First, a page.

There is a line in the Ethics Commissioner's report on Prime Minister Justin Trudeau's multiple violations of the Conflict of Interest Act that would gobsmack any first-year student of Canadian parliamentary democracy.
"Mr. Trudeau views his involvement with the Aga Khan and his Canadian institutions as ceremonial in nature, similar to the interactions he would have with any global leader or any distinguished global citizen," Mary Dawson writes in her 66-page decision on the Prime Minister's vacations on the Aga Khan's private island, weightily titled The Trudeau Report.
While not exactly the Pentagon Papers, Ms. Dawson's report exposes a major gap between the public image of a modern prime minister leading Canada through a turbulent global era of renewed nationalism and protectionism, and the reality of one detached from the nitty-gritty, who apparently sweats neither the big nor small stuff and views his role as "ceremonial."
Ceremony, in the constitutional monarchy that is Canada, is the domain of the Governor-General. While the latter does have some real powers, they have rarely, if ever, been truly exercised. That ensures the Queen's representative remains above the fray. Her role really is a ceremonial one, embodying the Canadian state in all its non-partisan and apolitical glory.
A prime minister, by definition, is never above the fray. He or she is in it up to his or her neck. Nothing a prime minister does is apolitical. Yes, there are certain perfunctory duties, such as the laying of wreaths and planting of trees, that any head of government occasionally performs. But the prime minister is never a ceremonial figure, whether on Canadian soil or abroad.
After two years in power, Mr. Trudeau either still does not understand this or shaped his testimony to the Ethics Commissioner to minimize the gravity of his decision to accept free travel and accommodation from a wealthy individual who heads various charitable organizations that have "ongoing official business" with the government of Canada.
Mr. Trudeau told Ms. Dawson that he had no qualms about holding a private meeting with the Aga Khan in early 2016, after his wife and children had just spent a week on the rich philanthropist's private island and while the Aga Khan Foundation was pressing Ottawa to make good on the former Conservative government's promise to contribute funding to one of its projects.
"The meetings he attends as Prime Minister are not business meetings," Ms. Dawson writes, in summarizing Mr. Trudeau's testimony. "Rather they are high-level meetings centred on relationship building and ensuring that all parties are moving forward together. Specific issues or details are worked out before, subsequently or independently of any meeting he attends."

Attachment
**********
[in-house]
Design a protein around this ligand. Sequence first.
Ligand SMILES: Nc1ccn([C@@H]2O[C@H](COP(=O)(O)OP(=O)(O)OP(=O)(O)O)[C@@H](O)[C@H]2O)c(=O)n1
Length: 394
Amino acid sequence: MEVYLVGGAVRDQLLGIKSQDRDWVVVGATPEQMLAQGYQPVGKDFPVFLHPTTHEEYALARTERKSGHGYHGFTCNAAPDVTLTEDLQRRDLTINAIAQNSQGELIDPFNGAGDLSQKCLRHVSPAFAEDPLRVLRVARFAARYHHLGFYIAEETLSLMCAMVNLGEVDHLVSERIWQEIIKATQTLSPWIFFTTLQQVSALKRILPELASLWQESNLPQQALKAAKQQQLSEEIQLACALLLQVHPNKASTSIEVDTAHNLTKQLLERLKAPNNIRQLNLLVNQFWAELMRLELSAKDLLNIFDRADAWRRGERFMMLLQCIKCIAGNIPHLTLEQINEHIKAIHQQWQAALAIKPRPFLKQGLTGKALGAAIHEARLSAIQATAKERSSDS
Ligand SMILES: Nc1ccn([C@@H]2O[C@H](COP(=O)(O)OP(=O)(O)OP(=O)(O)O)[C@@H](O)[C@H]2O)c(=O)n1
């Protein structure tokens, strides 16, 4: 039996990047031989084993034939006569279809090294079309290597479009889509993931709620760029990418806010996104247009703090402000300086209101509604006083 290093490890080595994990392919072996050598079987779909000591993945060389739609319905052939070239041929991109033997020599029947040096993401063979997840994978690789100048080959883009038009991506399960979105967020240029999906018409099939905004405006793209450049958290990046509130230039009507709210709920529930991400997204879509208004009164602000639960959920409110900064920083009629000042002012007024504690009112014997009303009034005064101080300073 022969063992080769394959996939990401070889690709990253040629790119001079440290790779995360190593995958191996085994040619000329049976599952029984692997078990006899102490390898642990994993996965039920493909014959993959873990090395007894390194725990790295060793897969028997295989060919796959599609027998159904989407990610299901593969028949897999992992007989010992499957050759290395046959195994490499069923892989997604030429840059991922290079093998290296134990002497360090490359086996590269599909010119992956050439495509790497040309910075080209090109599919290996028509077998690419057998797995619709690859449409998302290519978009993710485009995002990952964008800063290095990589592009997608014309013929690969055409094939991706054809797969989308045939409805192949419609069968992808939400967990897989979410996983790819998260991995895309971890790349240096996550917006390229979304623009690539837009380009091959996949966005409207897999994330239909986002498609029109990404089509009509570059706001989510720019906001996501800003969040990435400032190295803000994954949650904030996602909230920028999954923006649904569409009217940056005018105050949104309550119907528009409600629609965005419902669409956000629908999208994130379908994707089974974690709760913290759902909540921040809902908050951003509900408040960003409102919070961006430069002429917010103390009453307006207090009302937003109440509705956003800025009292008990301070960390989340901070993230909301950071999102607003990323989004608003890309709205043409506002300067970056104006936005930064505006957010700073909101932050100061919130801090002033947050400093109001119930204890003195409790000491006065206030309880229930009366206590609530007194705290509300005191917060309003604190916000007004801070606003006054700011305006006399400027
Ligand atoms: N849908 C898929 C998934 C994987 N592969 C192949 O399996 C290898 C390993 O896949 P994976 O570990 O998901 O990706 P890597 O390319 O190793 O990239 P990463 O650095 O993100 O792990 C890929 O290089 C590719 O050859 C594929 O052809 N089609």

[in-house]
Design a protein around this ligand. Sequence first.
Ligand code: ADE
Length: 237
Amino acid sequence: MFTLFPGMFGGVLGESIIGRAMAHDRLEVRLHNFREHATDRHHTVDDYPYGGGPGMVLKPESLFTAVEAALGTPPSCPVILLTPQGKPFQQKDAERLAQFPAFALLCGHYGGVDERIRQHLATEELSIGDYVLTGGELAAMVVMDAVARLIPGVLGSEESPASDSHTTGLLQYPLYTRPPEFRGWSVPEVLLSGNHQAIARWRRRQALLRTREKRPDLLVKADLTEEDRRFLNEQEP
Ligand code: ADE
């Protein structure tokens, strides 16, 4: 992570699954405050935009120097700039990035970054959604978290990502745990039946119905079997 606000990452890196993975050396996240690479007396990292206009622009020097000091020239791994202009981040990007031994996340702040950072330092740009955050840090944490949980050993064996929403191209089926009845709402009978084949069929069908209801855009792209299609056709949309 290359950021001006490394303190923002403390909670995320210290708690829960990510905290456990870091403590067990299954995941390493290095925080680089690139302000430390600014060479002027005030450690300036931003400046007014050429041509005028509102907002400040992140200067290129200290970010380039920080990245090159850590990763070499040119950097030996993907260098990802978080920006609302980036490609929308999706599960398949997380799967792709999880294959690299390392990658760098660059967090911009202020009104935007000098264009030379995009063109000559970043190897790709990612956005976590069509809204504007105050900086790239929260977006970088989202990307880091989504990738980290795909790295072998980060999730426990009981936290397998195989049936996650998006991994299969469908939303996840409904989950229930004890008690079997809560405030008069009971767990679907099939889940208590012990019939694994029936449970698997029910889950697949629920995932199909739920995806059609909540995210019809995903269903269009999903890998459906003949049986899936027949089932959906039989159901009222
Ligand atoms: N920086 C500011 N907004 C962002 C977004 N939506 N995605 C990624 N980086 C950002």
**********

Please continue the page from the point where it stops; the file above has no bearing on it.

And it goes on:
Ms. Dawson must have been biting her tongue here, given her conclusion that Mr. Trudeau violated the Conflict of Interest Act by "failing to recuse himself from discussions that provided an opportunity to improperly further the private interest" of the Aga Khan's organizations. Just because the PM leaves the details to others does not mean he is not accountable for them.
Mr. Trudeau's managerial style suggests a leader somewhat disengaged from the job he was elected to perform. After Stephen Harper's frigid personality, Canadians wanted likeability and empathy from their Prime Minister and Mr. Trudeau scores highly on both.
But no one could ever accuse Mr. Harper of being disengaged from his job. He inhabited it, often to excess. He was intimate with the "details" of government business, but his administration was largely a one-man show. And there was no room for opinions that did not mesh with his own.
Unlike Mr. Harper, Mr. Trudeau did not enter politics on a mission to undo decades of statist Liberal policy. He clearly prefers the "ceremonial" aspects of his job to the actual exercise of power. He has moved decisively to banish MPs and staffers who appear to have contravened his feminist values.
But he is no policy wonk, allowing PMO staffers and bureaucrats to work out the details of government decisions. He seems to view his job as one of brand-building and selling the final product.
This yields the results we have come to know. Can anyone imagine the torturous Bill Morneau affair enduring this long under Mr. Harper, Jean Chrétien or Brian Mulroney? Granted, each of these previous prime ministers had very different managerial styles. But no one can argue they did not assume the full weight of their responsibilities. It showed in their faces.
Someone needs to write Mr. Trudeau his own mandate letter.